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An Empirically Based Comparison of American and European Regulatory Approaches to Police Investigation

dc.contributor.authorSlobogin, Christopher, 1951-
dc.date.accessioned2014-08-08T17:10:15Z
dc.date.available2014-08-08T17:10:15Z
dc.date.issued2001
dc.identifier.citation22 Mich. J. Int'l L. 423 (2001)en_US
dc.identifier.urihttp://hdl.handle.net/1803/6649
dc.description.abstractThis article takes a comparative and empirical look at two of the most significant methods of police investigation: searches for and seizures of tangible evidence and interrogation of suspects. It first compares American doctrine regulating these investigative tools with the analogous rules predominant in Europe (specifically, England, France and Germany). It then discusses research on the American system that sheds light on the relative advantages and disadvantages of the two regulatory systems. More often than not, the existing data call into question preconceived notions of what "works." In particular, American reverence for search warrants, the exclusionary rule, and "Miranda" warnings may be based on significant misperceptions about the effect of these aspects of American criminal procedure. This conclusion suggests some possible hybrid approaches to police regulation that are presented in the final section of the article.en_US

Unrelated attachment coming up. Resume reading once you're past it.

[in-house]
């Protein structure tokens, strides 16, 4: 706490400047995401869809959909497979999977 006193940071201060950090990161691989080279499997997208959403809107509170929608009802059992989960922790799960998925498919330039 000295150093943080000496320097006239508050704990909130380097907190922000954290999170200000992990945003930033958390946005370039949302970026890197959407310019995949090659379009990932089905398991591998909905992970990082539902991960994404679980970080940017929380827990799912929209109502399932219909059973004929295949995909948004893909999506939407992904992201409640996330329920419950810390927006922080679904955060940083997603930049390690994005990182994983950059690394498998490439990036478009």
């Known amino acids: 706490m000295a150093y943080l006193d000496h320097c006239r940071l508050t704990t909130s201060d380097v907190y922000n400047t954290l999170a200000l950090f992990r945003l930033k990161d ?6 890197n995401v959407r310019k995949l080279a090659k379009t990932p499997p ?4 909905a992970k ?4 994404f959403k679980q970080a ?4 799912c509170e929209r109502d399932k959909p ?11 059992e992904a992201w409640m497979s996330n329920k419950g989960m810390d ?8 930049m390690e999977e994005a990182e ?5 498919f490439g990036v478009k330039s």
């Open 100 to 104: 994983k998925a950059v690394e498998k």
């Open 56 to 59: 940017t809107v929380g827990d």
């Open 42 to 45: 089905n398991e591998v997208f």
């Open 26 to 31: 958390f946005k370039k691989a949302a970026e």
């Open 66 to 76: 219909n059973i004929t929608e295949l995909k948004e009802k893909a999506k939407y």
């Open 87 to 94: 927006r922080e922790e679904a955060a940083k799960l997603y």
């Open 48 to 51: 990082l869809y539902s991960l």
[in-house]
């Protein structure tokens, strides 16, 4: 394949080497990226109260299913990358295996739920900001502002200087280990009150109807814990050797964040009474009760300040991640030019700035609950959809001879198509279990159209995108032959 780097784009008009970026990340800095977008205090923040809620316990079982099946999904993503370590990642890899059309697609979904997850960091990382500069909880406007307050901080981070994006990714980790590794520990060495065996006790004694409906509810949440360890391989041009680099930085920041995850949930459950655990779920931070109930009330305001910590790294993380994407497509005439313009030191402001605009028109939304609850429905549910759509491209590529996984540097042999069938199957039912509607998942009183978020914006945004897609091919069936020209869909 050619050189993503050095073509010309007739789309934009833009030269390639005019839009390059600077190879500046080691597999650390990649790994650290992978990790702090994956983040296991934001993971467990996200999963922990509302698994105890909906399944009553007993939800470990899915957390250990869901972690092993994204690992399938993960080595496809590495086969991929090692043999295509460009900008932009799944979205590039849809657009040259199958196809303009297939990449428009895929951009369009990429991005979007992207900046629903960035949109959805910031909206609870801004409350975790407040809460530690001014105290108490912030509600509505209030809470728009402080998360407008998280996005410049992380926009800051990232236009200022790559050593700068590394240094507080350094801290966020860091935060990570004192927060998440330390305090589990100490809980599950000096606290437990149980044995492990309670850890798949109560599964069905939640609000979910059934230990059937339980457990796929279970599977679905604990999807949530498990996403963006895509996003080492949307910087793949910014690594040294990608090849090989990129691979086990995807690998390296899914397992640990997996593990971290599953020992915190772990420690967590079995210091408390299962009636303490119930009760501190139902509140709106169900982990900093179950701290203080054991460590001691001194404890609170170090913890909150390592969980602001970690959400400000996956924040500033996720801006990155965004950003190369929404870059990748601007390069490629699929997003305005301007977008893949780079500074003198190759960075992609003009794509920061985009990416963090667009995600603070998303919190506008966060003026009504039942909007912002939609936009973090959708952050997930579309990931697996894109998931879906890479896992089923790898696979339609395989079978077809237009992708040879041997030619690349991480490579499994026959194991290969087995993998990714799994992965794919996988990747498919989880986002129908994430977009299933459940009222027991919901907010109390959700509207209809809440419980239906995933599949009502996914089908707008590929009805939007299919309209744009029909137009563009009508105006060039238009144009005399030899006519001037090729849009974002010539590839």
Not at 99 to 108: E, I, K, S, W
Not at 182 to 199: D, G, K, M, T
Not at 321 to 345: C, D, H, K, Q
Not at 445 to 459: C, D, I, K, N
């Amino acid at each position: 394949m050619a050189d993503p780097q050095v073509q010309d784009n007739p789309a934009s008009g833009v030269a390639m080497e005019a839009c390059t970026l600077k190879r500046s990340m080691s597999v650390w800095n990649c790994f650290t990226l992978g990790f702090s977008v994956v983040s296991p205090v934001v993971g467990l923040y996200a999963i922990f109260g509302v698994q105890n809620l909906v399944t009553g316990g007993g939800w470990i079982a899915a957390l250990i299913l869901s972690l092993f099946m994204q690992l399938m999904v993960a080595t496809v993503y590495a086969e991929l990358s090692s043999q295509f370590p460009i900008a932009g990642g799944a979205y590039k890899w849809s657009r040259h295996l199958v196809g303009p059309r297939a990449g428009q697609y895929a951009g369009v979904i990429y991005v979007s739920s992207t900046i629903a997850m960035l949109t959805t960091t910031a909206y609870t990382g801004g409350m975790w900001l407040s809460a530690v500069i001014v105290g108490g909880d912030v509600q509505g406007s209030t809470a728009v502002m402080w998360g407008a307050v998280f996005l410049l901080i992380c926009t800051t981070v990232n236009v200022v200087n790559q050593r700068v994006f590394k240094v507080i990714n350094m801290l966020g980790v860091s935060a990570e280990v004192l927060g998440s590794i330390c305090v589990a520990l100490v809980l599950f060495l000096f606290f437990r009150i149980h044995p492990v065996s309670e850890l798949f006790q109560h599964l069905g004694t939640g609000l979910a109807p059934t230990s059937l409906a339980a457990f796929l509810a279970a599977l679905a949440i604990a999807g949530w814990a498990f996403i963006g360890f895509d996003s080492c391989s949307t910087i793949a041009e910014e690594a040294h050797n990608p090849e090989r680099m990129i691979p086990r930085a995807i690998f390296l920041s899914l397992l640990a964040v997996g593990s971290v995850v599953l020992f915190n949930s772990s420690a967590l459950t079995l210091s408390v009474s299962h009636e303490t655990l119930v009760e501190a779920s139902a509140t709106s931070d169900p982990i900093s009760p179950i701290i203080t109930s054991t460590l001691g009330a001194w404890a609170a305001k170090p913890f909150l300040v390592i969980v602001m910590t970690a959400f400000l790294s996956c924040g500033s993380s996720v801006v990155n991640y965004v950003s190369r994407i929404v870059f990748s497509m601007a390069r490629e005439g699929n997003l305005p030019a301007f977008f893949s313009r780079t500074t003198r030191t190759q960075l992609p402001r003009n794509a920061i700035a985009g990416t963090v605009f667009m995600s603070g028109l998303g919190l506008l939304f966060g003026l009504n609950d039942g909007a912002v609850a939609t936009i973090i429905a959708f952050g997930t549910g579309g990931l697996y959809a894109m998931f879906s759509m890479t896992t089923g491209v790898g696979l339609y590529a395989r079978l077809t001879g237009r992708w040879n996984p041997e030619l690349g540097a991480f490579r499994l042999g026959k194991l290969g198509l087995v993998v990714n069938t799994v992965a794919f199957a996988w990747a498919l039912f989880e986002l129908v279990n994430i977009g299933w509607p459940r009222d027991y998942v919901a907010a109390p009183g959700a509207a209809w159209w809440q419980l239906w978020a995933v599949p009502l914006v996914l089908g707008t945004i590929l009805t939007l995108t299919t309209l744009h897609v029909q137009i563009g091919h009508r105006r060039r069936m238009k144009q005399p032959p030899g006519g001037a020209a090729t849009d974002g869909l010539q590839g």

dc.format.extent1 PDF (35 pages)en_US
dc.format.mimetypeapplication/pdf
dc.language.isoen_USen_US
dc.publisherMichigan Journal of International Lawen_US
dc.subject.lcshCriminal investigation -- Law and legislationen_US
dc.subject.lcshSearches and seizuresen_US
dc.titleAn Empirically Based Comparison of American and European Regulatory Approaches to Police Investigationen_US
dc.typeArticleen_US
dc.identifier.ssrn-urihttp://ssrn.com/abstract=289410


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